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The Ugly Thing About a Papal Visit

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It’s not in the mainstream press, but it is on my Facebook feed.  It is not discussed in polite company, but I have heard my fair share of snide remarks in private conversation.  Anti-Catholic sentiment in this nation remains very real and there is nothing like a papal visit to bring it out.  I am not talking about theological or ecclesiastical disagreements here, I am talking about “the pope is the anti-Christ and will usher in the destruction of the world” kind of stuff.  It is the oddest form of bigotry I have ever run into because it always comes from Protestants, ignoring the fact that their very name indicates that their roots are in the Catholic Church.  Without Catholicism, there is no Protestantism.

Moreover, it usually comes from protestant denominations that sprang from other protestant denominations, not from Catholicism itself.  It is as if someone woke up one morning and said, “You original Protestants do not hate the Roman Catholics enough, we have to start something new.”  For the record, I am not Catholic – I am one of those “original” Protestants which frankly makes me a rarity into today’s America.  I am a high church man with a strong affinity for a large and well organized denominational structure.  I am a conservative Presbyterian with an evangelical outlook, but I am no longer sure I can label myself “Evangelical” in the sense that that word in the last couple of decades has come to carry.  I do not view the Roman Catholic church as “the one true church,” but I do view it as the predominant and most historically important of the Christian expressions.

And therefore, I do not for the life of me understand the vitriolic and outspoken resentment, if not hatred, of the Roman Catholic Church.

I have examined it and discussed it and tried to understand it, but I cannot.  I ask, and I get quoted all sorts of theological differences.  But when I point out that the person I am talking to has similar theological differences with other, non-Catholic, Christians of similar nature and extent that does not result in such ugly rhetoric and dismissal I am simply told that I don’t really understand.  Likewise when the topic is differences in ecclesiastical structure.  There is something entirely unreasonable to the anti-Catholic sentiment that runs through our nation.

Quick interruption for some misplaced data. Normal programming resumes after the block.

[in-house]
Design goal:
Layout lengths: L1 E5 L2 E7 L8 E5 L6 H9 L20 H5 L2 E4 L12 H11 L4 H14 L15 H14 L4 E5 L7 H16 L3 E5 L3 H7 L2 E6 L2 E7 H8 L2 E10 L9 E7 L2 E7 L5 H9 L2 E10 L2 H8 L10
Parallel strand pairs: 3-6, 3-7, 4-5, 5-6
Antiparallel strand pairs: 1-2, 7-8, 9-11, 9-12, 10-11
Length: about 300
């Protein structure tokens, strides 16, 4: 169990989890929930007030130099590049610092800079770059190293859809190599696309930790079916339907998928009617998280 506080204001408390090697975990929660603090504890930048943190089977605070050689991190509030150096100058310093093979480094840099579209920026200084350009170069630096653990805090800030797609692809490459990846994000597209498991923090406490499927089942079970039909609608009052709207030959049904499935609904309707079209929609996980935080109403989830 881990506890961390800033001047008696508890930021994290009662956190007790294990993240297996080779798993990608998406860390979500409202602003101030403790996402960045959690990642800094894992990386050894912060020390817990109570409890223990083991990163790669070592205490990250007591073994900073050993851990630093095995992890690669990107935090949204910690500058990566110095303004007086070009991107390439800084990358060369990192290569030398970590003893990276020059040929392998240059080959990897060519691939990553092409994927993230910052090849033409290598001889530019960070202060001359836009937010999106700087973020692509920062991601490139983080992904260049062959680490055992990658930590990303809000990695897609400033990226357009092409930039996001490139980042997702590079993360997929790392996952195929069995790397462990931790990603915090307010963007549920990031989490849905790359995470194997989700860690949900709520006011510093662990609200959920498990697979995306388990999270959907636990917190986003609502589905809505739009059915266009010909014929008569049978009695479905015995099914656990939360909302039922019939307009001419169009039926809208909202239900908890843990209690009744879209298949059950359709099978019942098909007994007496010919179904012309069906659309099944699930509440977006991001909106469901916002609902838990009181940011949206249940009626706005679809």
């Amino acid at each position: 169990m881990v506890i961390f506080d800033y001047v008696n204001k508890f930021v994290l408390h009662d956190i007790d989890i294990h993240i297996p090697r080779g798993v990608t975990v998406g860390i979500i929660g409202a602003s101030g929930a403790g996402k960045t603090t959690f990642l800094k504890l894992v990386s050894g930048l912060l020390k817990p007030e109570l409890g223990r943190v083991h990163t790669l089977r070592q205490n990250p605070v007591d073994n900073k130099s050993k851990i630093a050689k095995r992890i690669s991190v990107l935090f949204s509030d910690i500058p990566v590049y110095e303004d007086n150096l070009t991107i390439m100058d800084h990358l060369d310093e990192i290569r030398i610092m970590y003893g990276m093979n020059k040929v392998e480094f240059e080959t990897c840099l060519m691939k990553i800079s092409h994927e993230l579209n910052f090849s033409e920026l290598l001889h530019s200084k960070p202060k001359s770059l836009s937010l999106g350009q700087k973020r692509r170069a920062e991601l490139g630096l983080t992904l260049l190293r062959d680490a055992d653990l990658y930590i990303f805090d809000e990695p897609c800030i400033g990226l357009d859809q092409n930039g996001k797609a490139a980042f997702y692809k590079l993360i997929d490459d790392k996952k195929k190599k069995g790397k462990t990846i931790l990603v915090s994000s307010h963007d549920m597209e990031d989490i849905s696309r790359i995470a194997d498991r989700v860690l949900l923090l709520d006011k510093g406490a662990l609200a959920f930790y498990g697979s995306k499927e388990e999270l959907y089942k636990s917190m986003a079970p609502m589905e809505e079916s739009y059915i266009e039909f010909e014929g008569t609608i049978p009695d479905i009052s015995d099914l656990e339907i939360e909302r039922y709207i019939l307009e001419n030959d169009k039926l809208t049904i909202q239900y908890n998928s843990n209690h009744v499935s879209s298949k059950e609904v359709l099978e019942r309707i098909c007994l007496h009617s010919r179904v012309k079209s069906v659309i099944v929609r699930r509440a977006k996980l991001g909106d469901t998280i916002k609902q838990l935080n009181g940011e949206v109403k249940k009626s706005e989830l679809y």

And that usually indicates that it is personal – somebody was hurt by the Catholic church, or somebody that somebody knows was hurt by the church, or your denomination was “crushed” by the RCC in some old world nation, or your preacher hates the fact that the local parish draws twice the crowd he does.  Who knows?  The point is such issues have little to do with God, or belief, and much to do with people and personalities.

Most people know the verses in First Corinthians:

And I, brethren, could not speak to you as to spiritual men, but as to men of flesh, as to infants in Christ. I gave you milk to drink, not solid food; for you were not yet able to receive it. Indeed, even now you are not yet able, for you are still fleshly. For since there is jealousy and strife among you, are you not fleshly, and are you not walking like mere men? For when one says, “I am of Paul,” and another, “I am of Apollos,” are you not mere men?

But few remember the context wherein the Apostle Paul continues to build his case for why such divisiveness is bad – because it is based not on God but on the things of this world.  And then he says this:

Let no man deceive himself. If any man among you thinks that he is wise in this age, he must become foolish, so that he may become wise. For the wisdom of this world is foolishness before God. For it is written, “He is THE ONE WHO CATCHES THE WISE IN THEIR CRAFTINESS”; and again, “THE LORD KNOWS THE REASONINGS of the wise, THAT THEY ARE USELESS.”

That’s pretty strong language.

My effort in this post is not to try and reconcile Catholicism and Protestantism, but to alter our attitudes about each other.  We can differ without the vitriol, condemnation, and derision that so often marks the discussion.  But most importantly, we can focus on what we can do together.  These are desperate times for the Christian faith in America, and especially for the traditional family, which is why the Pope is here.  I think we all agree on that.

Perhaps if we focused on that rather than where we differ we could accomplish much good together.

Hughniverse

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